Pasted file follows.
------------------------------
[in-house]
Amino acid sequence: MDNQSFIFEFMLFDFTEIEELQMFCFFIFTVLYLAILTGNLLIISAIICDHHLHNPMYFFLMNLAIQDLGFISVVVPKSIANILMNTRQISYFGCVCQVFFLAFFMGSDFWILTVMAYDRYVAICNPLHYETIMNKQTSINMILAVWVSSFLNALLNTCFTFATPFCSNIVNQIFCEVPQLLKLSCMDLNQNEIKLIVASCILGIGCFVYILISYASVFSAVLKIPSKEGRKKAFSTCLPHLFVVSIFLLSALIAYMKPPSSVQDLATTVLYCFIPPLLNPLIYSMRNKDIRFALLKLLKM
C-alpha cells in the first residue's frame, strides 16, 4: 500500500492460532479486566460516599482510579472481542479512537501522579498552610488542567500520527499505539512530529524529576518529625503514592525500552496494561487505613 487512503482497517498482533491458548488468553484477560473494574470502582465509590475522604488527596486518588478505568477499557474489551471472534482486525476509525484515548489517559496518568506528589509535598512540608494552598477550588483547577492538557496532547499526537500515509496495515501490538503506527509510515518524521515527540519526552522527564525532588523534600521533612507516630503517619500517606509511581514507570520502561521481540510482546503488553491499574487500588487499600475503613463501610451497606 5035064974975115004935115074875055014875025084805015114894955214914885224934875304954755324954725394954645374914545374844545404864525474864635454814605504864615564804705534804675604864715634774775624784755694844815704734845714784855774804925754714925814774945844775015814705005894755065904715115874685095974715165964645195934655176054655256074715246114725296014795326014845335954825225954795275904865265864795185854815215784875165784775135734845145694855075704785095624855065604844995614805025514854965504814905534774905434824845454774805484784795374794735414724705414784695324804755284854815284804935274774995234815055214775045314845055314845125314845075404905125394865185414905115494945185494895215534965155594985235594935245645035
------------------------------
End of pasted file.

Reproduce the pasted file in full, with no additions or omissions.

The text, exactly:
[in-house]
Amino acid sequence: MDNQSFIFEFMLFDFTEIEELQMFCFFIFTVLYLAILTGNLLIISAIICDHHLHNPMYFFLMNLAIQDLGFISVVVPKSIANILMNTRQISYFGCVCQVFFLAFFMGSDFWILTVMAYDRYVAICNPLHYETIMNKQTSINMILAVWVSSFLNALLNTCFTFATPFCSNIVNQIFCEVPQLLKLSCMDLNQNEIKLIVASCILGIGCFVYILISYASVFSAVLKIPSKEGRKKAFSTCLPHLFVVSIFLLSALIAYMKPPSSVQDLATTVLYCFIPPLLNPLIYSMRNKDIRFALLKLLKM
C-alpha cells in the first residue's frame, strides 16, 4: 500500500492460532479486566460516599482510579472481542479512537501522579498552610488542567500520527499505539512530529524529576518529625503514592525500552496494561487505613 487512503482497517498482533491458548488468553484477560473494574470502582465509590475522604488527596486518588478505568477499557474489551471472534482486525476509525484515548489517559496518568506528589509535598512540608494552598477550588483547577492538557496532547499526537500515509496495515501490538503506527509510515518524521515527540519526552522527564525532588523534600521533612507516630503517619500517606509511581514507570520502561521481540510482546503488553491499574487500588487499600475503613463501610451497606 5035064974975115004935115074875055014875025084805015114894955214914885224934875304954755324954725394954645374914545374844545404864525474864635454814605504864615564804705534804675604864715634774775624784755694844815704734845714784855774804925754714925814774945844775015814705005894755065904715115874685095974715165964645195934655176054655256074715246114725296014795326014845335954825225954795275904865265864795185854815215784875165784775135734845145694855075704785095624855065604844995614805025514854965504814905534774905434824845454774805484784795374794735414724705414784695324804755284854815284804935274774995234815055214775045314845055314845125314845075404905125394865185414905115494945185494895215534965155594985235594935245645035